_{e}the effective core area, and v(t) the time varying voltage.

_{c}individual cycles, and then further into its rising and falling sections; i.e., the cycle’s global minimum to maximum and global maximum to minimum, respectively. If there are multiple global maxima or minima, either can be chosen. An example flux density waveform is shown in Figure 7. It has been split into its rising and falling sections, with the minor loops in each identified in red; the black line forms the major loop of the rising and falling sections.

_{1}, until a negative gradient is detected, i.e., point J in Figure 7. A new set is then created (s

_{1+1}), and each point is added to this until either the next negative gradient is reached (J’), after which an additional set is created or the end of the section is reached. Each set is then examined, starting at the final set s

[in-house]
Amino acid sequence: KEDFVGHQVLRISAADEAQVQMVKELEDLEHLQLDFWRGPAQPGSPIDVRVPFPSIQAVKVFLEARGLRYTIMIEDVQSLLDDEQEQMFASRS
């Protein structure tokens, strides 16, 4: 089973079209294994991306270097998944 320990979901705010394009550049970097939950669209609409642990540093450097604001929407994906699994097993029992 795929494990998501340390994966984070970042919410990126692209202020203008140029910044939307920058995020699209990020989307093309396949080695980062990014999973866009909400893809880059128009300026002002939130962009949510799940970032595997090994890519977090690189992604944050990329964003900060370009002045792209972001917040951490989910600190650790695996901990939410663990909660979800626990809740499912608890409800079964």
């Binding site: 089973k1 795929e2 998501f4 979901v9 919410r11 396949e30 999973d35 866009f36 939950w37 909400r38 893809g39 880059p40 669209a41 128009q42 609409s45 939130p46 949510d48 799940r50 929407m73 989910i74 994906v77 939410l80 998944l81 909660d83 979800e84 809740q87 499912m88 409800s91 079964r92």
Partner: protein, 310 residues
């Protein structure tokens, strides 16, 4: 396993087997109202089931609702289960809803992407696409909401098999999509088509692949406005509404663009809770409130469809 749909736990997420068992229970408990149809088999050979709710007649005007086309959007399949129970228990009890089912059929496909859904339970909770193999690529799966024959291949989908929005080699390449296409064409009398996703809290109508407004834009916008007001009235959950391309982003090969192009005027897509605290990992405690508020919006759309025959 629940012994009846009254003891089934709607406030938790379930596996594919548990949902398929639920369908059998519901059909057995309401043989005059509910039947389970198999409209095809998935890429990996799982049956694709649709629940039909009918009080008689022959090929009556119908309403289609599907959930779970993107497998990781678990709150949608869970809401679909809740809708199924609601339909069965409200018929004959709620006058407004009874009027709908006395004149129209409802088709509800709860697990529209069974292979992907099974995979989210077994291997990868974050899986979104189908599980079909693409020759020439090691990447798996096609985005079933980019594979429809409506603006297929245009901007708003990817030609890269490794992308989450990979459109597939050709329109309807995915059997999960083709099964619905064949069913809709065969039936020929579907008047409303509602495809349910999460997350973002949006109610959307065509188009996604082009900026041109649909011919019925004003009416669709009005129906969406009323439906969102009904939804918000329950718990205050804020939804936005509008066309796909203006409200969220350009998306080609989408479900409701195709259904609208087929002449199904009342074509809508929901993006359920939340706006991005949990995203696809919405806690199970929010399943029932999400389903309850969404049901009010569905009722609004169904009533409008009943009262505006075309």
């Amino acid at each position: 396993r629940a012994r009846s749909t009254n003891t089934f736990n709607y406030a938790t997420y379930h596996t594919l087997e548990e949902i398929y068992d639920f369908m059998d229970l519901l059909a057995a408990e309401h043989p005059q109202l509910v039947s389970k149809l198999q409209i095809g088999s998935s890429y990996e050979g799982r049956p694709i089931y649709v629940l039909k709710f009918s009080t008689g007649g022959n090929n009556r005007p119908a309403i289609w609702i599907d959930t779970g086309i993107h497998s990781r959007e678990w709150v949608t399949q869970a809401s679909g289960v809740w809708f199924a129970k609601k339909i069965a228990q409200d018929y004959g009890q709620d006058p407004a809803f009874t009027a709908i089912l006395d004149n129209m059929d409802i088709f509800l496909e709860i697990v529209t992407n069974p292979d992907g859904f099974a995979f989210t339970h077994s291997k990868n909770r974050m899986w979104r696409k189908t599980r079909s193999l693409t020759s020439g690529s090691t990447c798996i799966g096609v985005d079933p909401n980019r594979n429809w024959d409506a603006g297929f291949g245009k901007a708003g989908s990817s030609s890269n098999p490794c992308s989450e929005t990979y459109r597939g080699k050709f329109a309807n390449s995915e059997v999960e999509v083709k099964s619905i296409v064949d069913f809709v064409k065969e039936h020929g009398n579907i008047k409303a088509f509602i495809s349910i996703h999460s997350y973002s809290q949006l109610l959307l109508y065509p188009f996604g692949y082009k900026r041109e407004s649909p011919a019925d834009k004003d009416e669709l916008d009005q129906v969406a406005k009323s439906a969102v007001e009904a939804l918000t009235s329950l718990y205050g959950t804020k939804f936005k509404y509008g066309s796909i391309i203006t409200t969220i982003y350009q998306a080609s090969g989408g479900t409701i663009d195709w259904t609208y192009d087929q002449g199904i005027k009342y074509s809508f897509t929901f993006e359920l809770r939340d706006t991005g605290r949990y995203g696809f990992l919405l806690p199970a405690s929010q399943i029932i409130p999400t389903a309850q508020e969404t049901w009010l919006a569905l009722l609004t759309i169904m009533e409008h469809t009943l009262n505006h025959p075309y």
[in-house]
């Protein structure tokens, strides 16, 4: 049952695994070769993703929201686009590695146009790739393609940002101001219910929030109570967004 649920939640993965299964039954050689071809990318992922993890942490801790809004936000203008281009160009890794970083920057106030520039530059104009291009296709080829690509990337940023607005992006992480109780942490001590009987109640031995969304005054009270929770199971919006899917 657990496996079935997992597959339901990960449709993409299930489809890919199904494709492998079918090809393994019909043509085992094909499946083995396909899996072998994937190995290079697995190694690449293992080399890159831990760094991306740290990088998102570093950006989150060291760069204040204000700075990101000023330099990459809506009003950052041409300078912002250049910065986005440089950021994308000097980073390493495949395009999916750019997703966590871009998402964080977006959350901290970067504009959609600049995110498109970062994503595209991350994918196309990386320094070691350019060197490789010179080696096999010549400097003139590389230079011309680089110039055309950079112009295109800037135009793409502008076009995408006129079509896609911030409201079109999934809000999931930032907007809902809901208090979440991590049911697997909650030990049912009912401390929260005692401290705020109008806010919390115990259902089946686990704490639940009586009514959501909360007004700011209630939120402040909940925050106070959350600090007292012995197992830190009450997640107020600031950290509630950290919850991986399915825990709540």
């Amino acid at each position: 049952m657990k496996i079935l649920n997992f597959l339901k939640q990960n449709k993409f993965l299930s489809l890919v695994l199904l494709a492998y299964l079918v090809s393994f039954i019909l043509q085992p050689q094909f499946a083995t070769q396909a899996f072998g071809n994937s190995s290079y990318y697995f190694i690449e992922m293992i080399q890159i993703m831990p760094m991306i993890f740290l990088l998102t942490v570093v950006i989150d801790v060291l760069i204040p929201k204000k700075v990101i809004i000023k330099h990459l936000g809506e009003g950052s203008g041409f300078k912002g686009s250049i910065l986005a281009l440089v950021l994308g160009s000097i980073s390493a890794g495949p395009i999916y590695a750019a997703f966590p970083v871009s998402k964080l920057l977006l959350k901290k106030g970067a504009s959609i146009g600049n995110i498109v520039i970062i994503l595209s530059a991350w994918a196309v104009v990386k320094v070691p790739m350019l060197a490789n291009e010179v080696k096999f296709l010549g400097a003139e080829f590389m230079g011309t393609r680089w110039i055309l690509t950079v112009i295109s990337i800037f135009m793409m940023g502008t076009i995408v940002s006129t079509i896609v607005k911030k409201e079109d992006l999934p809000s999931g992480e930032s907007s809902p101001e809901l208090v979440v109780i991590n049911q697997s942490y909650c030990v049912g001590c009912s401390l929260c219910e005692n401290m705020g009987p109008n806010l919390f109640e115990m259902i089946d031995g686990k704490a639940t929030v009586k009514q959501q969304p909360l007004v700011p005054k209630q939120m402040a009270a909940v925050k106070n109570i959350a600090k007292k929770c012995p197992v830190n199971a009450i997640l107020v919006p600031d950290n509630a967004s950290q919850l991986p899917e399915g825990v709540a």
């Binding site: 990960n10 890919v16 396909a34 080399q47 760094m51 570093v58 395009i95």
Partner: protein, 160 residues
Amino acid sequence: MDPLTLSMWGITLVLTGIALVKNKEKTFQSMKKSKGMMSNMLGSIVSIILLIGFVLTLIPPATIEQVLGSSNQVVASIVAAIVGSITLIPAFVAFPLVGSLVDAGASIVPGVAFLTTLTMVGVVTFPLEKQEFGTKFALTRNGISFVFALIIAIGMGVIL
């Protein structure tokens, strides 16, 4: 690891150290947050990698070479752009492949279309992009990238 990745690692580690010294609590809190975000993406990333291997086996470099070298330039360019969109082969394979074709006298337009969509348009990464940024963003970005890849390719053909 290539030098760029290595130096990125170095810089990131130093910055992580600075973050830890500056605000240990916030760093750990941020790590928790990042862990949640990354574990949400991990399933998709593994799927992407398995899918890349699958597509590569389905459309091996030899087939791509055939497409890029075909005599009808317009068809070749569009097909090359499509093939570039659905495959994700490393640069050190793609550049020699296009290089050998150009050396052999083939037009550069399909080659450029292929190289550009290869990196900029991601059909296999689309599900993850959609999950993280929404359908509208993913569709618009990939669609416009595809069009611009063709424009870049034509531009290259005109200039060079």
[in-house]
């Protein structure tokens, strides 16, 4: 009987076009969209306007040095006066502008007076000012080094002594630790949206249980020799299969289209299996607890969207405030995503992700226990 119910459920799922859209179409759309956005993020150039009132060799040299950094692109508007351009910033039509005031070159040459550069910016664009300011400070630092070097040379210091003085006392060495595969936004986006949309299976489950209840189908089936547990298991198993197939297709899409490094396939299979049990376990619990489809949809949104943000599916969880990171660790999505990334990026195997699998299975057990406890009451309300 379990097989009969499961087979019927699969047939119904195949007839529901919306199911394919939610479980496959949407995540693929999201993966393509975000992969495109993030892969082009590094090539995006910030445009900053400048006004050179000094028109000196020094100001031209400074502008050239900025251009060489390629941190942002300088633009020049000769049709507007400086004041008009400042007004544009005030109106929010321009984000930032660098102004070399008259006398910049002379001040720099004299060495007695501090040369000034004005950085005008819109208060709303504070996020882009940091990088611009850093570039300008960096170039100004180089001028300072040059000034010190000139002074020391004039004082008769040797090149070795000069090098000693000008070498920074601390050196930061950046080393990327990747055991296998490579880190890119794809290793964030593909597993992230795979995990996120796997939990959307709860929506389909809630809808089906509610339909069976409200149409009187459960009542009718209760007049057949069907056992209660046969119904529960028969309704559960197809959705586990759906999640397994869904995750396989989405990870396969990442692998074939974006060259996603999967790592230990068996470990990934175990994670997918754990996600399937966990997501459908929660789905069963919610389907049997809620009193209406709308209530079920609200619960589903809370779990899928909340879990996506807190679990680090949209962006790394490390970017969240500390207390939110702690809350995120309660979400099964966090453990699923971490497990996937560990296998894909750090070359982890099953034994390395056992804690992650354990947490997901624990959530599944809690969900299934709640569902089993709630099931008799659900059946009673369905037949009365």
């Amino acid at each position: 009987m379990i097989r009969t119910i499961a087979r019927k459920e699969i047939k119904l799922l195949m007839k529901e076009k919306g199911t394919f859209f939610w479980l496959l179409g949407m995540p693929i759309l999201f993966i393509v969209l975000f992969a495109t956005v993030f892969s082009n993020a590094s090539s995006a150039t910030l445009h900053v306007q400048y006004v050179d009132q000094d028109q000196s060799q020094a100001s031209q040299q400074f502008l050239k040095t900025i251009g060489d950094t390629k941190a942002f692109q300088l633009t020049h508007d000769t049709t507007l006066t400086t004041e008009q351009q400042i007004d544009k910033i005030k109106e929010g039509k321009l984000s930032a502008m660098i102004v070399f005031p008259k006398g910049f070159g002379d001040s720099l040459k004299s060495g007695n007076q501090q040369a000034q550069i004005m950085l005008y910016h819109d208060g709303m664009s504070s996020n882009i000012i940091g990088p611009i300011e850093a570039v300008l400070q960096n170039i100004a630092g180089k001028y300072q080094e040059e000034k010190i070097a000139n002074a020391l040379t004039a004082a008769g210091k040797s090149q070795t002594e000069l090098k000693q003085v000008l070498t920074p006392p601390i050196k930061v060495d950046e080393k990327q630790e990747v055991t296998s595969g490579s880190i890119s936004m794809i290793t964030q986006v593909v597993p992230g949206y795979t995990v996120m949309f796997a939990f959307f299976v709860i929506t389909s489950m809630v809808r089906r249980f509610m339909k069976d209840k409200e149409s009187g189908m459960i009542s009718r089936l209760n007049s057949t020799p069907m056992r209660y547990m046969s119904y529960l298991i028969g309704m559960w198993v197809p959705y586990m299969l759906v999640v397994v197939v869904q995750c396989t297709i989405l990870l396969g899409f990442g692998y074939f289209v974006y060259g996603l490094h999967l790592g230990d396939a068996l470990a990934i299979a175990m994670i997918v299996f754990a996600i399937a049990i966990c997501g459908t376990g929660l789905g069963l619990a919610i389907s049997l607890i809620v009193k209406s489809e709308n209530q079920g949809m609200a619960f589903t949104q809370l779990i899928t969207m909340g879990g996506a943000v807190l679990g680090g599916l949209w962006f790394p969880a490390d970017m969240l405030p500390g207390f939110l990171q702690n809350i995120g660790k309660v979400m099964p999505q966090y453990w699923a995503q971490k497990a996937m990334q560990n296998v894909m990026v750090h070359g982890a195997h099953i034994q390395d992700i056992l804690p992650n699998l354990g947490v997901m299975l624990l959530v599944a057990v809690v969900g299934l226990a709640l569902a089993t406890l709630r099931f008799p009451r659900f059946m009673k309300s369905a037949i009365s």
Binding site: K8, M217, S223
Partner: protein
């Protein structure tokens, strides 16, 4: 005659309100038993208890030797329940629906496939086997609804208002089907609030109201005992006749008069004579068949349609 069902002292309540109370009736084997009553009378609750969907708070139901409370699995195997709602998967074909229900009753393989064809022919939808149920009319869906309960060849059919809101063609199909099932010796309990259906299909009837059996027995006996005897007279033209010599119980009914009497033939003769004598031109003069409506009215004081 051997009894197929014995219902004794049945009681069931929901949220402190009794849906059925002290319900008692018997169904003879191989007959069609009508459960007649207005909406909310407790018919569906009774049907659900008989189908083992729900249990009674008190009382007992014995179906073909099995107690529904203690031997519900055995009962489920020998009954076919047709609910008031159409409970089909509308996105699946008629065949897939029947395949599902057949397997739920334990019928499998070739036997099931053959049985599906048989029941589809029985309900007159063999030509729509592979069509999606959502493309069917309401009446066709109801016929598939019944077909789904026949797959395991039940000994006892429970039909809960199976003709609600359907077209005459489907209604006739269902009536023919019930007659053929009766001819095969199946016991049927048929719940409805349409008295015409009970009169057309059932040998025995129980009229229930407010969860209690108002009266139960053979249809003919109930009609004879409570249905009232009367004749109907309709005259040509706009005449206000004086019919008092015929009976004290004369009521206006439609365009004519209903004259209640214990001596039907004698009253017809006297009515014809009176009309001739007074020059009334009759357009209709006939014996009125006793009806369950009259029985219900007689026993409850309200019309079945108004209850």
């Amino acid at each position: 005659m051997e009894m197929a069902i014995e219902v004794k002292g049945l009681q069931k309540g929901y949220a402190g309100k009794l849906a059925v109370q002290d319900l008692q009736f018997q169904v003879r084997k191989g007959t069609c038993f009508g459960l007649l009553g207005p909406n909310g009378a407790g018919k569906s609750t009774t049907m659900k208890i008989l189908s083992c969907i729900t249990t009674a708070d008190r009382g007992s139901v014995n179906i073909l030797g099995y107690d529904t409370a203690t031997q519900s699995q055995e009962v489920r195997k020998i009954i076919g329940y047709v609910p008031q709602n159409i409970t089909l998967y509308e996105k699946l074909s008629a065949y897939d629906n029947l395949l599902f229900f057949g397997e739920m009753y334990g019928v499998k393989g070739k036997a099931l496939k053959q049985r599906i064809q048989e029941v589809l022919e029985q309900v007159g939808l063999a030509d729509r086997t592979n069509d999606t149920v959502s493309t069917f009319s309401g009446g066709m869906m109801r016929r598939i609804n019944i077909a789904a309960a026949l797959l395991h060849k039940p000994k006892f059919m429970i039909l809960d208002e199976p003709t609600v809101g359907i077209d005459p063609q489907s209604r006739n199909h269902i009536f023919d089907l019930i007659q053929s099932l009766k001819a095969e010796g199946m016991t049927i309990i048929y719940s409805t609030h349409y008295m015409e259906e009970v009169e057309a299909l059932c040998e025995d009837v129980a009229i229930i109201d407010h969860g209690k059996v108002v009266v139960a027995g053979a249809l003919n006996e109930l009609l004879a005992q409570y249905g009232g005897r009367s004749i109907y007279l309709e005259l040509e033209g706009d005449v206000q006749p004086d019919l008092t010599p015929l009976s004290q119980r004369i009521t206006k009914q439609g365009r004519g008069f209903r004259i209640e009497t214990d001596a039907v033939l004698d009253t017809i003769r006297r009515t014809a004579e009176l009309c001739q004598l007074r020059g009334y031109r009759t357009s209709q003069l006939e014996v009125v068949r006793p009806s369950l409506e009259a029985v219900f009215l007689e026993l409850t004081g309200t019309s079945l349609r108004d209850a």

_{q}. Any points greater than the set’s initial flux density, i.e., point J’ for the last set in this example or point J for the second set, are moved to the lower set, i.e., s

_{q−1}, until the first set s

_{1}is reached. Now s

_{1}contains a monotonically increasing major loop with sets s

_{1+1}to s

_{q}holding each minor loop. The power loss can then be calculated separately for each loop and cycle using (13) and (14).

_{o}is the core loss for each major or sub loop of the l

^{th}cycle, δB

_{i}and δt

_{i}are the change in flux and time between time step i and i−1, and T

_{cycle}and T

_{o}are the periods of the cycle of the o

^{th}loop.

_{max}) is 90% of the core’s saturation flux density (B

_{sat}) and the core volume and hence area should be minimized, A